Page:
Dish TV viewers are cut off from HBO
The business dispute that yanked HBO off the air for millions of Americans on Nov. 1 is entering its second week with no signs of a respite.
As many as 2.5 million customers of HBO have lost access to hit shows such as “Game of Thrones” and “Westworld” through Dish Network, America’s sec- ond-largest satellite TV provider.
The blackout affects another 10.2 million Dish subscribers who aren’t signed up for HBO but who could be potential customers of the premium entertainment channel.
It’s the first time HBO has ever “gone dark,” in the parlance of TV executives.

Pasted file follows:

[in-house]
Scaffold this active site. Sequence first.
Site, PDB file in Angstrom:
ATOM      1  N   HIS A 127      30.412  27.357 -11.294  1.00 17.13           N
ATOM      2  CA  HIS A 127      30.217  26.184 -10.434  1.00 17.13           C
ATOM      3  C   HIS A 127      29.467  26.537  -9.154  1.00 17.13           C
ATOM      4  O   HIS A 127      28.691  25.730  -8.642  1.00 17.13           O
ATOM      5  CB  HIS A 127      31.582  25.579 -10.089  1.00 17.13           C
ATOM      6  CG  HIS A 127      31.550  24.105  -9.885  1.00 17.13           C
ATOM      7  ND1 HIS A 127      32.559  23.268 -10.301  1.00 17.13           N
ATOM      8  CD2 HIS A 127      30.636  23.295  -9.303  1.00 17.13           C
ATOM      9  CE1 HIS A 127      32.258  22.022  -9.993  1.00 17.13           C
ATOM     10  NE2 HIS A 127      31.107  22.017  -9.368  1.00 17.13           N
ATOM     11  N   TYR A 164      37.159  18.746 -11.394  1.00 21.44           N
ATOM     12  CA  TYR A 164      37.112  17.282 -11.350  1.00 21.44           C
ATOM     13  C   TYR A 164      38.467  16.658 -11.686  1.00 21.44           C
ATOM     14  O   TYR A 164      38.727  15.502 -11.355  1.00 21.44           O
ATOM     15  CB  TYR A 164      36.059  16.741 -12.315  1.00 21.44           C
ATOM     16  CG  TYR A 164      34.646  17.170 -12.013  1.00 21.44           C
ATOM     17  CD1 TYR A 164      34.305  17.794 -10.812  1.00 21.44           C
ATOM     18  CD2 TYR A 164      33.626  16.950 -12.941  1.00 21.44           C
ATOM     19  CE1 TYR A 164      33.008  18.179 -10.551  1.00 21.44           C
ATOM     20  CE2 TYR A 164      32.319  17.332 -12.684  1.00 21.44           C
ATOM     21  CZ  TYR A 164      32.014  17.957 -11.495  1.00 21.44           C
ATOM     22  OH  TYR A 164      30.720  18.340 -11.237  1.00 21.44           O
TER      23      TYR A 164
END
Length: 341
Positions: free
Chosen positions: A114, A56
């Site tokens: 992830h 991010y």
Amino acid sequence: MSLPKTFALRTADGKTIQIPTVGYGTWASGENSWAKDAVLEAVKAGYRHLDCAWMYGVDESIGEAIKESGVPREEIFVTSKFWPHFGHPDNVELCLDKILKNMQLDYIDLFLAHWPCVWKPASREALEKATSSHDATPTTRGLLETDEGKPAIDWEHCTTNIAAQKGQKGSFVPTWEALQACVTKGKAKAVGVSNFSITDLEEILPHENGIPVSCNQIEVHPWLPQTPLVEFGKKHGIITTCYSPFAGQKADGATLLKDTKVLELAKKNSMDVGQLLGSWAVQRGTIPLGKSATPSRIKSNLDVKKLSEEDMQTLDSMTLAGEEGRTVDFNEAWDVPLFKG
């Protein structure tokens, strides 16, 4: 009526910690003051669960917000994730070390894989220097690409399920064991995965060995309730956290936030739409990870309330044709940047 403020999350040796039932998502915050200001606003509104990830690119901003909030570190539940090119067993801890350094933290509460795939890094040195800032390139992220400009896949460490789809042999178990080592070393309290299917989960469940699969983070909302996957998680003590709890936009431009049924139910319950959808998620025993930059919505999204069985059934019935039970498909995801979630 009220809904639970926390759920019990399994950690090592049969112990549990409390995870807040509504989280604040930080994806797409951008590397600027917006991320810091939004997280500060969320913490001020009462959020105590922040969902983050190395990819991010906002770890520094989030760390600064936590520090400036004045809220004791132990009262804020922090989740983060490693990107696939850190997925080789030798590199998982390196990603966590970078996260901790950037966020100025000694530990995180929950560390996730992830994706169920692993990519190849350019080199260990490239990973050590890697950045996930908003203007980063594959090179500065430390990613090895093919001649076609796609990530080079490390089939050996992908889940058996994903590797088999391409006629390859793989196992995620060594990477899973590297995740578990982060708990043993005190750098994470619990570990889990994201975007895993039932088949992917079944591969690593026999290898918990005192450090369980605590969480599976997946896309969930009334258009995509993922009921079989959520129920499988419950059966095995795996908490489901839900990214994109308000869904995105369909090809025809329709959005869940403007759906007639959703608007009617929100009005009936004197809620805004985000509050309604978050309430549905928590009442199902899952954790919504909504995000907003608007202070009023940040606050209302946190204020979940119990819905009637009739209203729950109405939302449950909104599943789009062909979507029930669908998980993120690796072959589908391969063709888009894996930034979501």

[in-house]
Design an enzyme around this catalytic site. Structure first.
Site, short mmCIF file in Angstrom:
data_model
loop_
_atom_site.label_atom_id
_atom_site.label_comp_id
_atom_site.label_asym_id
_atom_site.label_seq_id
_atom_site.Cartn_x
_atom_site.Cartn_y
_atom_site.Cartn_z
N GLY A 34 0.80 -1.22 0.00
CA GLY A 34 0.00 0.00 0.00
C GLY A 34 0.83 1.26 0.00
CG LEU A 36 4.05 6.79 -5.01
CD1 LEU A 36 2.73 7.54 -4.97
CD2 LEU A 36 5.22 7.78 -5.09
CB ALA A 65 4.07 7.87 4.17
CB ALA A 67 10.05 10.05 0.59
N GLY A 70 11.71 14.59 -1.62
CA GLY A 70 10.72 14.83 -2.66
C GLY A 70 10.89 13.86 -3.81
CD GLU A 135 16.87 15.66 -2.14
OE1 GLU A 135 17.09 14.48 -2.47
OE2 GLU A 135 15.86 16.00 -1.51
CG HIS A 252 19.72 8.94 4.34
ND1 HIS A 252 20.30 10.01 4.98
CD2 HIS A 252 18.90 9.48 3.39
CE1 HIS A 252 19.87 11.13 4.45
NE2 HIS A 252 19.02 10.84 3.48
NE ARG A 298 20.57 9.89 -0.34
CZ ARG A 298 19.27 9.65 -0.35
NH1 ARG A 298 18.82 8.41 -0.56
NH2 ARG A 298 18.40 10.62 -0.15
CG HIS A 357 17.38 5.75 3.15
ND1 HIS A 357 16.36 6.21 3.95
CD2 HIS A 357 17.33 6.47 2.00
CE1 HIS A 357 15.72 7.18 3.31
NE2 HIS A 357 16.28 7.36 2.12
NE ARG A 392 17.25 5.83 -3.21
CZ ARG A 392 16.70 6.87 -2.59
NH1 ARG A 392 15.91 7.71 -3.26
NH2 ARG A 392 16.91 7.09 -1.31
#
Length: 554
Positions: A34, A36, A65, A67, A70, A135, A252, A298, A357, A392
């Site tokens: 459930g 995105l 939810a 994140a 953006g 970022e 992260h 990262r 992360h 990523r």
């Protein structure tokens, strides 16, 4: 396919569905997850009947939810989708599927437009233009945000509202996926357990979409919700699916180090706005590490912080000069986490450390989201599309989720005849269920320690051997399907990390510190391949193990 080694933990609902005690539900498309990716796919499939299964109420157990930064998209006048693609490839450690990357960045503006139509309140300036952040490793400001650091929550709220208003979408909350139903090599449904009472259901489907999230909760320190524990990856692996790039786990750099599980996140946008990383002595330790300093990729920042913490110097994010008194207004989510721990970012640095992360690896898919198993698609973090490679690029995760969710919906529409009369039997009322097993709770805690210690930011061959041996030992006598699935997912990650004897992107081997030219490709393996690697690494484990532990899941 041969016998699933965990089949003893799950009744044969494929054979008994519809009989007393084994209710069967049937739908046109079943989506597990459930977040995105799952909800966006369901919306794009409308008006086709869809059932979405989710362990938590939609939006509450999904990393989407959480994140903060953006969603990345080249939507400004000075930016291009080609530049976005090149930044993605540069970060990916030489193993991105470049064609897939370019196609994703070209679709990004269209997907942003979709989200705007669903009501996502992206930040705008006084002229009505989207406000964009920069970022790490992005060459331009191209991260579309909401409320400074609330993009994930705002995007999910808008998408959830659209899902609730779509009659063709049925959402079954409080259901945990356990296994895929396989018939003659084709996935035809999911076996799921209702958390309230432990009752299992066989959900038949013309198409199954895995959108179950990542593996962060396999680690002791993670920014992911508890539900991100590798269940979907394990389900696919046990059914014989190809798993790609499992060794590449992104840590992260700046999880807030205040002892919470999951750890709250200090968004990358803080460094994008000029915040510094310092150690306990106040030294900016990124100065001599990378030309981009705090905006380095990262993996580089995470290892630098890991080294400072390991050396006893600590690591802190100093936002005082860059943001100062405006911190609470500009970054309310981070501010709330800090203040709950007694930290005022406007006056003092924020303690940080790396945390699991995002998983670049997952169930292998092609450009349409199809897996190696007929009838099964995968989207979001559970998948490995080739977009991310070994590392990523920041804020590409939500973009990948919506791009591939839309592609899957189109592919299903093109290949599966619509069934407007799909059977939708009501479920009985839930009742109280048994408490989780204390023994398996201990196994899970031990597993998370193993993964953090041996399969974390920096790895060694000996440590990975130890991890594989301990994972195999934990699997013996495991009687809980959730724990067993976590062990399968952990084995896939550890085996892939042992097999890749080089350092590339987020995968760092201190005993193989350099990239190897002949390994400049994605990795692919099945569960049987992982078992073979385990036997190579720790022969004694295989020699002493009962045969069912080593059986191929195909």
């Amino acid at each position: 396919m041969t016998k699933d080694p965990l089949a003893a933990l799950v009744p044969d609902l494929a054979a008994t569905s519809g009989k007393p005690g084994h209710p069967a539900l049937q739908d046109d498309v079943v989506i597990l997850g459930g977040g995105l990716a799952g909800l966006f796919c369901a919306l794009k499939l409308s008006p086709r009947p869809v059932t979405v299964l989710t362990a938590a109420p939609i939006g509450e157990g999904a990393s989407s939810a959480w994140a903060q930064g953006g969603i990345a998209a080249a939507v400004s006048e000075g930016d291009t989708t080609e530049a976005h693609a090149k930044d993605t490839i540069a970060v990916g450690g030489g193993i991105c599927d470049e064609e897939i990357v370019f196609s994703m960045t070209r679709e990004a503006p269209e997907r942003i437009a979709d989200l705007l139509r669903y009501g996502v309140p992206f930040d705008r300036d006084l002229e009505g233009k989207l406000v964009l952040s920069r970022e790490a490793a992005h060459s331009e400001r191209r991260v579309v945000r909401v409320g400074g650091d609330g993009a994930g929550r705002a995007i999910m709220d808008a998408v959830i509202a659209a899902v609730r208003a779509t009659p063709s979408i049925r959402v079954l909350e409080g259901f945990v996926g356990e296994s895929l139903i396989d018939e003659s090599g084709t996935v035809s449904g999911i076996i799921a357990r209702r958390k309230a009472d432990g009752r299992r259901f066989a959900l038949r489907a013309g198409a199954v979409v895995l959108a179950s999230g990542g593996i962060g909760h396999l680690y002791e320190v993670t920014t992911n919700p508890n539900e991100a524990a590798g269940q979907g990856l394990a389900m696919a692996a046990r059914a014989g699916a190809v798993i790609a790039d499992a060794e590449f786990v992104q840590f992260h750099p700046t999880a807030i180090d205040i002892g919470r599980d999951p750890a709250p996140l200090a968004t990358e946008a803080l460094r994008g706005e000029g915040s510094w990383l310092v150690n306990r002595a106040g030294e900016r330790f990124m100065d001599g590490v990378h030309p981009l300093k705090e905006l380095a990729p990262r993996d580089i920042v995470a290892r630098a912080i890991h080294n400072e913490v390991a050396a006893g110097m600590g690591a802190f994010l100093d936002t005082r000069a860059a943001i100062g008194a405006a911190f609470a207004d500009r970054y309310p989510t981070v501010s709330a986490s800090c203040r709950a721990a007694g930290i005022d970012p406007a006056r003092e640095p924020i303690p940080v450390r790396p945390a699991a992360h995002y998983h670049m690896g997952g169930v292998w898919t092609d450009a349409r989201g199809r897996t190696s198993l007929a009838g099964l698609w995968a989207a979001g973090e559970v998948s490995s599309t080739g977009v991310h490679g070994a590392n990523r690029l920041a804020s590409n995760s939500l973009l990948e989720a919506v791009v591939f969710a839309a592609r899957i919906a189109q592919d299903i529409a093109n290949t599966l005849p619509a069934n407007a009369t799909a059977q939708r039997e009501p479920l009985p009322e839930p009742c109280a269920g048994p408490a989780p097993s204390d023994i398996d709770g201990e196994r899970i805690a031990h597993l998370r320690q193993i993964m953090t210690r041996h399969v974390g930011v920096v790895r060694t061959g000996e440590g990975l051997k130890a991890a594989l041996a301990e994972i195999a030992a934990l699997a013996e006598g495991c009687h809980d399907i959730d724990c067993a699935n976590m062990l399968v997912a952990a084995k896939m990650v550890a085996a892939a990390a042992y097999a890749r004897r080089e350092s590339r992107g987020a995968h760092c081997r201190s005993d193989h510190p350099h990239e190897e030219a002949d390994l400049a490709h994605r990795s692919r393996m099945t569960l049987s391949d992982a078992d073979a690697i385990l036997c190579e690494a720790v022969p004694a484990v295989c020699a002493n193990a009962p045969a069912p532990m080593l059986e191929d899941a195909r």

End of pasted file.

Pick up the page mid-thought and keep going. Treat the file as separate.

Viewers are being caught in the middle, with potential consequences on both sides: An extended outage could lead to significant cus- tomer losses.
The standoff between Dish and HBO stems from a seem- ingly run-of-the-mill contract negotiation over whether Dish should pay HBO for a guaranteed number of cus- tomers, whether those subscribers materialize or not.
But the impasse carries enormous stakes that reflect the legacy television busi- ness’ dire condition.
What began as a trickle of consumers toward digital TV alternatives, such as Netflix and Hulu, has turned into a torrent.
W ith both Di s h and AT&T reporting even steeper-than-expected declines in their traditional TV subscriber base in recent months, the pressure to retain customers is intense, analysts say.